In another aspect of the present invention, the sensor 10 may also have a housing 12 and end plate 13. Together the housing 12 and end plate 13 provide an overall enclosure for the sensor 10, as best shown in
The present invention has several advantages. The slots 19 in the core 15 reduce eddy current losses and thus enhance the cycle time and range of the sensor 10. The solid distal area 23 of the central post 17 compensates for some of the lost cross-section area caused by the slot or slots 19. Similarly, the insulating layers 32 in the laminated core 30 reduce eddy currents losses and thus enhance the cycle time and range of the sensor 10.
Many modifications and other embodiments of the inventions set forth herein will come to mind to one skilled in the art to which these inventions pertain having the benefit of the teachings presented in the foregoing descriptions and the associated drawings. Therefore, it is to be understood that the inventions are not to be limited to the specific embodiments disclosed and that modifications and other embodiments are intended to be included within the scope of the appended claims. Although specific terms are employed herein, they are used in a generic and descriptive sense only and not for purposes of limitation.
|Cited Patent||Filing date||Publication date||Applicant||Title|
|US4943793 *||Dec 27, 1988||Jul 24, 1990||General Electric Company||Dual-permeability core structure for use in high-frequency magnetic components|
|US5192862||Dec 19, 1991||Mar 9, 1993||Simmonds Precision Products, Inc.||Polarizerless magneto-optic speed and torque sensor|
|US5334831||Jun 18, 1992||Aug 2, 1994||Simmonds Precision Products, Inc.||Proximity detector for detecting position of a target|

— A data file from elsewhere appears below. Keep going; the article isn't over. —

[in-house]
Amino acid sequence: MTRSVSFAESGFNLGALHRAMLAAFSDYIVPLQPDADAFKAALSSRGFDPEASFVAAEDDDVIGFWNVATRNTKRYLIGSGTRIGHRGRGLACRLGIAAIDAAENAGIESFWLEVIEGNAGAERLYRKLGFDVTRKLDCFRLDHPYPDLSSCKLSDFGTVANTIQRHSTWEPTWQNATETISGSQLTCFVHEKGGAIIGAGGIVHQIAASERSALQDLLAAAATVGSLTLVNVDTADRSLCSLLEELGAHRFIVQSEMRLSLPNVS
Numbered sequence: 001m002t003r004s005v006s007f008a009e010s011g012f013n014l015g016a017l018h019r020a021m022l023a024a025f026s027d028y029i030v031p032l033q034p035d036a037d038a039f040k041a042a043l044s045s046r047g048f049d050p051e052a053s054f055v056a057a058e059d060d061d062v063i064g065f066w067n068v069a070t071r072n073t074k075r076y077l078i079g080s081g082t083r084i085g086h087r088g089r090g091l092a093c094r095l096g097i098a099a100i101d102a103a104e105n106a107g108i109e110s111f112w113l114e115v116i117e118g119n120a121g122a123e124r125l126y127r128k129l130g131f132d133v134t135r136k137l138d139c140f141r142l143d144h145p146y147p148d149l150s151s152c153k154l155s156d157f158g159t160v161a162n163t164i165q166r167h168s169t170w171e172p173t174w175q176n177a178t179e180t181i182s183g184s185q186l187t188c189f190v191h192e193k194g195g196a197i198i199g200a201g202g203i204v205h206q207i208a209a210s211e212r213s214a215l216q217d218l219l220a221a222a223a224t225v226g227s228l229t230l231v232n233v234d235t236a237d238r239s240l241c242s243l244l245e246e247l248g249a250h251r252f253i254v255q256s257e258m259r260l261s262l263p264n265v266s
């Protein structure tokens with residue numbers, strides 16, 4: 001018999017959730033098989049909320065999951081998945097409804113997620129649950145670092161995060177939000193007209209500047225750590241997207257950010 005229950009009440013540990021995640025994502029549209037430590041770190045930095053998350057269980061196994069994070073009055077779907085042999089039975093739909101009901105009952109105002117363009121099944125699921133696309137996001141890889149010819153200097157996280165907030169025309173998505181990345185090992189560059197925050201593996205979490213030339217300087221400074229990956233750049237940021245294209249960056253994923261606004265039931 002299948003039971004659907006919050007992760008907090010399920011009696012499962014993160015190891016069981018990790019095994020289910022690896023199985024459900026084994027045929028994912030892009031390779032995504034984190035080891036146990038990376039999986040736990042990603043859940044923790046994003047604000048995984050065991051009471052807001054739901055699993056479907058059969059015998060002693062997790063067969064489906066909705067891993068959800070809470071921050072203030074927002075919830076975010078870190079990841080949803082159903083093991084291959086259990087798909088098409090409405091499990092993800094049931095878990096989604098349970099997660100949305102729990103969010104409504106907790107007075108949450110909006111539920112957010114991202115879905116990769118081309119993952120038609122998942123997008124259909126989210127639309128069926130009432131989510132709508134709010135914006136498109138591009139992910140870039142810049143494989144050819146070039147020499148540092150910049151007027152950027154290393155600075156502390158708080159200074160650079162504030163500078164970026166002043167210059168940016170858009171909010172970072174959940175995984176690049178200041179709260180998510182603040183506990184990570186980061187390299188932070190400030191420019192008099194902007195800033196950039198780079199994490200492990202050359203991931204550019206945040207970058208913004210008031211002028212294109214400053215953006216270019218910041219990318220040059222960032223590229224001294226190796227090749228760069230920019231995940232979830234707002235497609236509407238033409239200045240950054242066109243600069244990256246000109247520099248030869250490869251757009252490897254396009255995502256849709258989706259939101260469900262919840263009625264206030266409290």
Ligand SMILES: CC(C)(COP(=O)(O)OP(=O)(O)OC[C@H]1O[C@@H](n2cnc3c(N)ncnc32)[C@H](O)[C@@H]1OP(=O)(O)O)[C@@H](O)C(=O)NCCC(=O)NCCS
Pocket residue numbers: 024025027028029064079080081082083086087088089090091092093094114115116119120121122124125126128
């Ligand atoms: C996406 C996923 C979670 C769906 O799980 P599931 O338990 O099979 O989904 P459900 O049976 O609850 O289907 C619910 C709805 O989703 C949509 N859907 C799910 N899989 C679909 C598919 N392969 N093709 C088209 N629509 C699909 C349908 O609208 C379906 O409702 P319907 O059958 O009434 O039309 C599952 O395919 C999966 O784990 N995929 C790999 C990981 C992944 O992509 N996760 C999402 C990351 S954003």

|US5561375||Mar 27, 1995||Oct 1, 1996||Societe D'applications Generales D'electricite Et De Mecanique Sagem||Variable-reluctance absolute-angular-position sensor of the inductive type having a stator with non-constant air gap thickness|
|US5814986 *||Mar 18, 1997||Sep 29, 1998||Eaton Corporation||Coil retainer/positioner for inductive proximity sensor|
|US5823309 *||May 23, 1997||Oct 20, 1998||General Motors Corporation||Magnetorheological transmission clutch|
|US5942893||Dec 12, 1997||Aug 24, 1999||General Dynamics Advanced Technology Systems||Shielded eddy current sensor for enhanced sensitivity|
|US6424145||Feb 29, 2000||Jul 23, 2002||Eldec Corporation||Inductive proximity sensor for detecting ferromagnetic, non-permeable or magnet targets|
|US6801113||Jun 19, 2003||Oct 5, 2004||Omron Corporation||Proximity sensor with improved positioning accuracy for detection coil peripheral members|
|US7015395 *||Dec 28, 2001||Mar 21, 2006||Gift Technologies, Lp||Composite reinforced electrical transmission conductor|
|Citing Patent||Filing date||Publication date||Applicant||Title|
|US8154278 *||Nov 14, 2008||Apr 10, 2012||Pepperl+Fuchs, Inc.||Metal face inductive proximity sensor|
|US20090189600 *||Nov 14, 2008||Jul 30, 2009||Pepperl+Fuchs, Inc.||Metal face inductive proximity sensor|
|U.S. Classification||324/207.26, 324/207.15, 324/207.16, 324/234|
|International Classification||G01R33/00, G01B7/14|
|Cooperative Classification||G01D5/2006, H03K17/9505|
|European Classification||H03K17/95C, G01D5/00|
|Jul 27, 2005||AS||Assignment|
Owner name: SIMMONDS PRECISION PRODUCTS, INC., VERMONT
Free format text: ASSIGNMENT OF ASSIGNORS INTEREST;ASSIGNOR:RUDD, ROBERT EDWARD, III;REEL/FRAME:016821/0407
Effective date: 20050725
|Feb 28, 2011||FPAY||Fee payment|
Year of fee payment: 4
|Feb 11, 2015||FPAY||Fee payment|
Year of fee payment: 8